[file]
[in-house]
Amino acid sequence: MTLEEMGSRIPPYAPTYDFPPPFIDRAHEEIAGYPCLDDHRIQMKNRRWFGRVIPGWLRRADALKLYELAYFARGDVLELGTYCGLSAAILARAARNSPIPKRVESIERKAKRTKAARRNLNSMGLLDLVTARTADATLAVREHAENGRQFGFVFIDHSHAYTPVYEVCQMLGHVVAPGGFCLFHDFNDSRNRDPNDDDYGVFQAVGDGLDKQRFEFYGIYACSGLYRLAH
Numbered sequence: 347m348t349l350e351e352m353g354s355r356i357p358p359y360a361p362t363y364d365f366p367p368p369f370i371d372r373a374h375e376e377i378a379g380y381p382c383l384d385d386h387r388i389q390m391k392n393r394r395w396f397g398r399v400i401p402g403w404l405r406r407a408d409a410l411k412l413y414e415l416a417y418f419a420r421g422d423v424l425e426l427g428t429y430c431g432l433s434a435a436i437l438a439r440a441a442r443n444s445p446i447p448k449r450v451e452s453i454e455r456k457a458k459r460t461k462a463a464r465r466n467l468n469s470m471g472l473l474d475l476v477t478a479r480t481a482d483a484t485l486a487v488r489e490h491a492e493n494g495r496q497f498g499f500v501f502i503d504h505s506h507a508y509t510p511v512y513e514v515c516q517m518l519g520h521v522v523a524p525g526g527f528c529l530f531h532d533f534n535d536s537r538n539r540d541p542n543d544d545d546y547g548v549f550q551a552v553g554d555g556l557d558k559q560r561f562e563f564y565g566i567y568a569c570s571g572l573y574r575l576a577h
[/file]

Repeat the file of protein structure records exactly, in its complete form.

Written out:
[in-house]
Amino acid sequence: MTLEEMGSRIPPYAPTYDFPPPFIDRAHEEIAGYPCLDDHRIQMKNRRWFGRVIPGWLRRADALKLYELAYFARGDVLELGTYCGLSAAILARAARNSPIPKRVESIERKAKRTKAARRNLNSMGLLDLVTARTADATLAVREHAENGRQFGFVFIDHSHAYTPVYEVCQMLGHVVAPGGFCLFHDFNDSRNRDPNDDDYGVFQAVGDGLDKQRFEFYGIYACSGLYRLAH
Numbered sequence: 347m348t349l350e351e352m353g354s355r356i357p358p359y360a361p362t363y364d365f366p367p368p369f370i371d372r373a374h375e376e377i378a379g380y381p382c383l384d385d386h387r388i389q390m391k392n393r394r395w396f397g398r399v400i401p402g403w404l405r406r407a408d409a410l411k412l413y414e415l416a417y418f419a420r421g422d423v424l425e426l427g428t429y430c431g432l433s434a435a436i437l438a439r440a441a442r443n444s445p446i447p448k449r450v451e452s453i454e455r456k457a458k459r460t461k462a463a464r465r466n467l468n469s470m471g472l473l474d475l476v477t478a479r480t481a482d483a484t485l486a487v488r489e490h491a492e493n494g495r496q497f498g499f500v501f502i503d504h505s506h507a508y509t510p511v512y513e514v515c516q517m518l519g520h521v522v523a524p525g526g527f528c529l530f531h532d533f534n535d536s537r538n539r540d541p542n543d544d545d546y547g548v549f550q551a552v553g554d555g556l557d558k559q560r561f562e563f564y565g566i567y568a569c570s571g572l573y574r575l576a577h